Sea Genes

Family History & Genealogy Research

The New (Ir)Relevance of FamilySearch

with 3 comments

FamilySearch.org’s goal is to become the Google of genealogy. True, in a way. The reality, however, is that they aim to become a phishing and packet-sniffing site, with users (in)voluntarily turning over their genealogical data for the LDS church’s religious rituals.

How is this happening? The new ‘standard’ they have talked about, for a long time, replacing GEDCOM, is where it happens. They want to get all the major software developers on-board so they can use your genealogy application to give them your hard-researched data. They are trying to make it so easy to search their site and probably find nothing of value, but in the process you involuntarily give them everything of value. They want to ‘sync’ their database with your data while you think you are only getting data from their database into yours. They can do that simply because you’ve agreed to their terms of use. What terms of use? Read it carefully. It will most likely read something like “any information you enter on this site becomes the property of the LDS church. …”

There is an interesting paper floating around on the web that discusses some ways to get around the increasing irrelevance of the FamilySearch organization. It calls the National Genealogical Society’s “Standards for Sound Genealogical Research” document “disturbing.” The quote follows: “While these are sound principles for traditional genealogical research, they carry the disturbing implication that each researcher must verify the work done by anyone else by personally examining the original sources.” Traditional research meaning how any responsible genealogist does his or her work. The filename on the web is “10.1.1.111.2341.pdf”, and the title is “Efficient Genealogy through Personal Extraction and Automated Verification”.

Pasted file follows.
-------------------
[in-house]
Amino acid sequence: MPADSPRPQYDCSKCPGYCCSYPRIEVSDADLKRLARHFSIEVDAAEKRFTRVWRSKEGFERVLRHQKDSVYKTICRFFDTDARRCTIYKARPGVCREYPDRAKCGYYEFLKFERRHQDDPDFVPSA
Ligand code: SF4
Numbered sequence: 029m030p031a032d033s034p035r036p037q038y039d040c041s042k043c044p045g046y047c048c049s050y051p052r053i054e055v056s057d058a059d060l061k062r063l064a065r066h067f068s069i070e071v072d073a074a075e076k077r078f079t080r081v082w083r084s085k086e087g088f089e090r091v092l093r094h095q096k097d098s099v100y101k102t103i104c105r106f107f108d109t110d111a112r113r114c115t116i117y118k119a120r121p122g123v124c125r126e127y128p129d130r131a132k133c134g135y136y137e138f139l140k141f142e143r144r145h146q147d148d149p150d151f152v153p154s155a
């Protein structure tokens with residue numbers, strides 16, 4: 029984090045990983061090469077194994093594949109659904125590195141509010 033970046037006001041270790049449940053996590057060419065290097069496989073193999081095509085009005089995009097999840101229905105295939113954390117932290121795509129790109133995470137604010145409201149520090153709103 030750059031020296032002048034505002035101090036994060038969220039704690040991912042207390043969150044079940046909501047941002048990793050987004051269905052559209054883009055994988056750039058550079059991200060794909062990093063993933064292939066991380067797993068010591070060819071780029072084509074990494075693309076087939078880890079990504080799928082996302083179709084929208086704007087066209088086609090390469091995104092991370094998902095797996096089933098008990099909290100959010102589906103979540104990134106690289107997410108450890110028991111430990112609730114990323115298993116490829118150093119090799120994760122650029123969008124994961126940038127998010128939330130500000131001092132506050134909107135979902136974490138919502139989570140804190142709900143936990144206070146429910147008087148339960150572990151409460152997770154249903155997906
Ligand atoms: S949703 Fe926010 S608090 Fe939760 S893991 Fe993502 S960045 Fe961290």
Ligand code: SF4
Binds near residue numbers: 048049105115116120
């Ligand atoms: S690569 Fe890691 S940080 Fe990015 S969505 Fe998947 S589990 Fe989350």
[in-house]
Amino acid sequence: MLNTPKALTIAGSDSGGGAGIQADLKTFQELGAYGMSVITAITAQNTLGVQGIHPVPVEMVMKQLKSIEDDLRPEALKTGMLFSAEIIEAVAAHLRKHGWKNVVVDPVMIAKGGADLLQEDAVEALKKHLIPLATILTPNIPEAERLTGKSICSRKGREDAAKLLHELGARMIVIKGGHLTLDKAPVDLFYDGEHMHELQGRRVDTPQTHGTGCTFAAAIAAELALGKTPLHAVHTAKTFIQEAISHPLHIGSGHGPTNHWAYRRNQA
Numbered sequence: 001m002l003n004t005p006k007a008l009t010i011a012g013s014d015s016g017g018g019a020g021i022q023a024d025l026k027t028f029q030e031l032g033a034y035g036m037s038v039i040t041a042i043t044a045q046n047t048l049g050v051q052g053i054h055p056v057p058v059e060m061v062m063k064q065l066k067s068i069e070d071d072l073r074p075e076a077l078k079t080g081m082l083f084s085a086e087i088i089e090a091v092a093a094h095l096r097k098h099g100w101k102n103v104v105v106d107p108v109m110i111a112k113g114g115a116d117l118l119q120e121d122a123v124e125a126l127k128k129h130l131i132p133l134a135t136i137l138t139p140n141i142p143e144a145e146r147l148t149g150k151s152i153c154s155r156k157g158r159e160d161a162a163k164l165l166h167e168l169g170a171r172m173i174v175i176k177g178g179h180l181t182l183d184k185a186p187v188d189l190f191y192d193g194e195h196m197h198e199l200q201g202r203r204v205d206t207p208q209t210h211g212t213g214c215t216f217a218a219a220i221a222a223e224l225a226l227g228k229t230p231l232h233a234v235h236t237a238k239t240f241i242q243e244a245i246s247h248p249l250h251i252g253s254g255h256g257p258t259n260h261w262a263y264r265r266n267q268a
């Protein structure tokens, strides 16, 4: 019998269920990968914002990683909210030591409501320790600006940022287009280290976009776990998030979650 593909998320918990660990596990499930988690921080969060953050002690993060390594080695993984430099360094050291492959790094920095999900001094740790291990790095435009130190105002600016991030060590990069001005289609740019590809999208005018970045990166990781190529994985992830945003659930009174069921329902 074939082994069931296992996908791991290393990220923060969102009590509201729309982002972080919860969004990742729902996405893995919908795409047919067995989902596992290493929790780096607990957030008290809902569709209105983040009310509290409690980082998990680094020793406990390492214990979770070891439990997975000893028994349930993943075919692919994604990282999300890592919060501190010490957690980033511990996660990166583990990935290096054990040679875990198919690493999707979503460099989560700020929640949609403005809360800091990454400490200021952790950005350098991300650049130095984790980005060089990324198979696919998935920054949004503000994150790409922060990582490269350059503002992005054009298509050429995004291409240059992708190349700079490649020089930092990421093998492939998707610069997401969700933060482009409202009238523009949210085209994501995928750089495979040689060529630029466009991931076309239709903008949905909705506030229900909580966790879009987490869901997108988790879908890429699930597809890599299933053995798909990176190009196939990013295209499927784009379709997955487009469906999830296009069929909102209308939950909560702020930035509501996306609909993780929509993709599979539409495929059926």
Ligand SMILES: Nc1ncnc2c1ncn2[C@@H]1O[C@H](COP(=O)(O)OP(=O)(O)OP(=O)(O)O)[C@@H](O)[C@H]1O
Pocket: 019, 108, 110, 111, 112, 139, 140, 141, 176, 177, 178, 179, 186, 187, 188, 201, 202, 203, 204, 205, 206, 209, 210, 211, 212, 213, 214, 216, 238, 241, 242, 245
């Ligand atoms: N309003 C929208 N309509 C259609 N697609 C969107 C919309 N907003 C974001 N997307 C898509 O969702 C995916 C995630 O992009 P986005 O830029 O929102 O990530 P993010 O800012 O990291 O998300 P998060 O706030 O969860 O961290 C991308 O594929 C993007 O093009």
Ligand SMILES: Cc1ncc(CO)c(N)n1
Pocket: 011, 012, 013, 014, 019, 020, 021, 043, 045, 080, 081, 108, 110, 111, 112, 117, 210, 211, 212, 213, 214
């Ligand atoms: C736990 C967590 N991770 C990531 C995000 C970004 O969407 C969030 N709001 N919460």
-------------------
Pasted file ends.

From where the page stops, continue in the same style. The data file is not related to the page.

The author of the paper, D. Randall Wilson, advocates creating a database of extracts collected from volunteers; you, whether you like it or not, for the church’s use and to lure other victims. The goal is similar to what Geni.com did: lure people in with free access and tools to share, and then make all of that data available for their church members to change; with you, the original, accurate recorder of the information standing by helplessly.

Mr. Wilson has also written another paper called “Bidirectional Source Linking: Doing Genealogy ‘Once’ and ‘For All'”, filename “wilson.fht2002.bi-link.pdf”. This paper’s title is, in itself ridiculous since genealogy is never done, “once and for all.” The goal of this paper is to create a linking scheme, with their network as the hub, for genealogists to use. They’d use data extraction and data mining tools on all the data crossing that network, and use the data for their own gain. The thing is, even though this sounds like criminal hacking or phishing, it would be ‘voluntary’ because the genealogist implicitly agreed to their practices.